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  • - [Narrator] This social media platform

  • is a Russian state-owned alternative to YouTube.

  • The Kremlin has been promoting

  • the homegrown network, RuTube,

  • as part of a battle for Russian users and their minds.

  • That's because in the country

  • social media platforms have increasingly become

  • one of the main sources of information

  • challenging state television.

  • - YouTube is the most important platform

  • for millions of people.

  • - [Narrator] So, we examine the Russian video platform

  • at the center of the Kremlin's push to attract users

  • away from foreign networks,

  • limiting their access to independent news

  • during the war in Ukraine.

  • Owned by a Russian state company,

  • RuTube is a video platform almost as old as YouTube

  • and visually very similar to it

  • and the Kremlin has been outspoken about its potential.

  • (speaker speaking in Russian)

  • Since the war in Ukraine started,

  • YouTube has been one of the last sources

  • of alternative news in Russia.

  • That's because Instagram and Facebook

  • are blocked in the country.

  • That happened after the parent company Meta

  • barred access to some state channels in Europe,

  • following requests from the European Union

  • and British authorities.

  • YouTube remains available in Russia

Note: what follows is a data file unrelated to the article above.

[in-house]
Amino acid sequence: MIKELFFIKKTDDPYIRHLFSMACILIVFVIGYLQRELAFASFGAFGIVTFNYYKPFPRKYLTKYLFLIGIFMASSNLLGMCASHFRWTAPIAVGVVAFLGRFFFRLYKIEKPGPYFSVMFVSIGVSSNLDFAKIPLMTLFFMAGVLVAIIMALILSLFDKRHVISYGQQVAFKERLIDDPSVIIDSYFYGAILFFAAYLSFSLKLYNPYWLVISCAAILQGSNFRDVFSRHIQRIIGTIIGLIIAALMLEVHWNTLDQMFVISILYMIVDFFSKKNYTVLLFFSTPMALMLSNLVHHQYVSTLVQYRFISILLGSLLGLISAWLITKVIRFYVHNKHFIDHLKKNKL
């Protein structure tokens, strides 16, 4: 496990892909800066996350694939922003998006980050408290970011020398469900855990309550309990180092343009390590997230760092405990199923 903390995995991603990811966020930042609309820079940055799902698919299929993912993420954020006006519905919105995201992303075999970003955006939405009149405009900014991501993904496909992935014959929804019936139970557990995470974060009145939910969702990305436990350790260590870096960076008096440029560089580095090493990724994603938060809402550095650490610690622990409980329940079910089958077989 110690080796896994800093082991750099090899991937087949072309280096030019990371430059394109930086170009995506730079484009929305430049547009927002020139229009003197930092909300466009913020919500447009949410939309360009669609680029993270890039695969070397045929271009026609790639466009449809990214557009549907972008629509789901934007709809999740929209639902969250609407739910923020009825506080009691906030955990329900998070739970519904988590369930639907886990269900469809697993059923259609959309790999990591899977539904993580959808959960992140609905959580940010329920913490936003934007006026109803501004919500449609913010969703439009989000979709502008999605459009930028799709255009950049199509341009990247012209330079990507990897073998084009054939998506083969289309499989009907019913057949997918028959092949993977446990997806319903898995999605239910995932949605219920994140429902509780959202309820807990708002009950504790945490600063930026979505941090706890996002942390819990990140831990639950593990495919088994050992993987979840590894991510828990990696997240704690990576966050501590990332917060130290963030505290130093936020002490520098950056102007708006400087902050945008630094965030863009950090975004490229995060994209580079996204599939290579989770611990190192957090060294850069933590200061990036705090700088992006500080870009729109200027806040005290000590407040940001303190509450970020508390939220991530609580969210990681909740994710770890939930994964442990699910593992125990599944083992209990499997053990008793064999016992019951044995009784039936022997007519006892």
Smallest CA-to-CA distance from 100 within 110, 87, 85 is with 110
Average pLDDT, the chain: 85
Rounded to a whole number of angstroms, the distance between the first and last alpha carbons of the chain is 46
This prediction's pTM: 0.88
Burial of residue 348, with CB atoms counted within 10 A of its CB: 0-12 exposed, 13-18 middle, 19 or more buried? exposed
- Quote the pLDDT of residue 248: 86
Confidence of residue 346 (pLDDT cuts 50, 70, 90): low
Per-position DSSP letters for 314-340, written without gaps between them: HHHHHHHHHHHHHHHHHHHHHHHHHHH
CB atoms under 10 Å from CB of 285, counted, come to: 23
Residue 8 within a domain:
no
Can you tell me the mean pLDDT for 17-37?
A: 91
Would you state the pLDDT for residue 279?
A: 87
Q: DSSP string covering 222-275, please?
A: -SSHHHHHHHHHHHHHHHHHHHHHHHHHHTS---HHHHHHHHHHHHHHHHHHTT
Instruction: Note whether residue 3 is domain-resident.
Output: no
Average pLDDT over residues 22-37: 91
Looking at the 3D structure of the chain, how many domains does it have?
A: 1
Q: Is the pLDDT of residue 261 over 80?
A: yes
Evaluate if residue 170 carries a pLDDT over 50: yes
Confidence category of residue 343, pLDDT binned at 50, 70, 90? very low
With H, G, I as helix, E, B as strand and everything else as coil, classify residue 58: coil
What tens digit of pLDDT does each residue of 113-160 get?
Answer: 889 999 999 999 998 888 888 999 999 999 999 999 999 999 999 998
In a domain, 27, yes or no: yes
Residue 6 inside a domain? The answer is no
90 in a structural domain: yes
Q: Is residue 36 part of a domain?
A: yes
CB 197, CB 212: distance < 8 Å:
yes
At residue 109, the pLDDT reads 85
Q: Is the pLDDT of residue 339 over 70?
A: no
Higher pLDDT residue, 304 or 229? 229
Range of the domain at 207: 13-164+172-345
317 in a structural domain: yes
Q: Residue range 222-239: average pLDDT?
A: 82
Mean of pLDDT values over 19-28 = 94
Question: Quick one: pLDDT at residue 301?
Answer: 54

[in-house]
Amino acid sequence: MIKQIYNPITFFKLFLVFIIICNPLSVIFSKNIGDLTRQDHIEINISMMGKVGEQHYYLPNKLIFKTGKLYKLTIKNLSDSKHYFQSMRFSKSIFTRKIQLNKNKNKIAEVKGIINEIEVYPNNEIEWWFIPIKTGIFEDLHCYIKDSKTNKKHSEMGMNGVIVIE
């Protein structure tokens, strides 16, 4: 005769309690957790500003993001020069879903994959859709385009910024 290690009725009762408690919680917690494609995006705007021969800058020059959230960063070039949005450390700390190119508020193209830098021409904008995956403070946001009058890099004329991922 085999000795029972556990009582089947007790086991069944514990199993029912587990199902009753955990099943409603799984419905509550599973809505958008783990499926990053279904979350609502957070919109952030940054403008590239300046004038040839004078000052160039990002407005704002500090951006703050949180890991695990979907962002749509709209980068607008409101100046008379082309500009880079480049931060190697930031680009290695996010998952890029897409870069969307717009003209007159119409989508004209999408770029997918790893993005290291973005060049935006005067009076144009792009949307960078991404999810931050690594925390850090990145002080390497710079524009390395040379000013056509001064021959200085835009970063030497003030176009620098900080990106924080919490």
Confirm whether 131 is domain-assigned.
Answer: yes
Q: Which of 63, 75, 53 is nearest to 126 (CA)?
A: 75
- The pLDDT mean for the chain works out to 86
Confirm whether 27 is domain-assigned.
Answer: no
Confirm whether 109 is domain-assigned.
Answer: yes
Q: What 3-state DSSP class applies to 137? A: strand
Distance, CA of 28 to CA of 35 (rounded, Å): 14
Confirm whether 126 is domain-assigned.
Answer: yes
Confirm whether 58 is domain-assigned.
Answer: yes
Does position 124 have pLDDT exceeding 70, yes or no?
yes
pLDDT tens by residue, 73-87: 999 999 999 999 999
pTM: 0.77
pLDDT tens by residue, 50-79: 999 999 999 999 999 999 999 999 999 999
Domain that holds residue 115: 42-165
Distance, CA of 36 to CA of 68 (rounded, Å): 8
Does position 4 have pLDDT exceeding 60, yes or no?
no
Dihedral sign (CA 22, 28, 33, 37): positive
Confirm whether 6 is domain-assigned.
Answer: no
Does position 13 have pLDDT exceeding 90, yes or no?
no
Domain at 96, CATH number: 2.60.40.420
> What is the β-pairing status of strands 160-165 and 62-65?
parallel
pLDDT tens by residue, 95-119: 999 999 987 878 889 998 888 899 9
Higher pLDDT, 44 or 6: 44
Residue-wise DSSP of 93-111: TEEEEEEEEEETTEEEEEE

• but there are concerns about its future there,

  • especially after the Kremlin and RuTube

  • have been on a mission to draw people away

  • from the American network.

  • (speaker speaking in Russian)

  • The company has partnered with some popular vloggers

  • and offered content creators 100% of the revenue

  • from ad views during the first 40 days after joining.

  • The incentive came after YouTube paused monetization

  • in Russia as a response to its aggression in Ukraine.

  • This means vloggers can no longer make money

  • from ad views from users in Russia.

  • A month later, some popular Russian celebrities and vloggers

  • who were on YouTube also started using RuTube.

  • The platform's usership has also grown

  • as the Kremlin encouraged government departments,

  • universities and state-backed media outlets

  • to migrate their content from YouTube to RuTube.

  • - [Male Voice] Top Blog.

  • - [Narrator] And Moscow is investing

  • in a new generation of vloggers

  • with the program teaching Russians how to become successful

  • on domestic platforms like RuTube.

  • But the government support is one reason

  • some users don't feel like switching.

  • - There is no trust to anything made by the government

  • especially in order to replace something

  • already good and foreign.

  • (speaking in Russian)

  • - [Narrator] Leionid Pashkowski is a Russian speaking

  • travel blogger and journalist

  • with more than 1 million followers on YouTube.

  • He says he's skeptical about RuTube

  • replacing YouTube for Russian viewers.

  • - I just tried to watch something

  • or find something in there

  • and there was no views counters under the videos.

  • - [Narrator] And data from analytics firm, Similarweb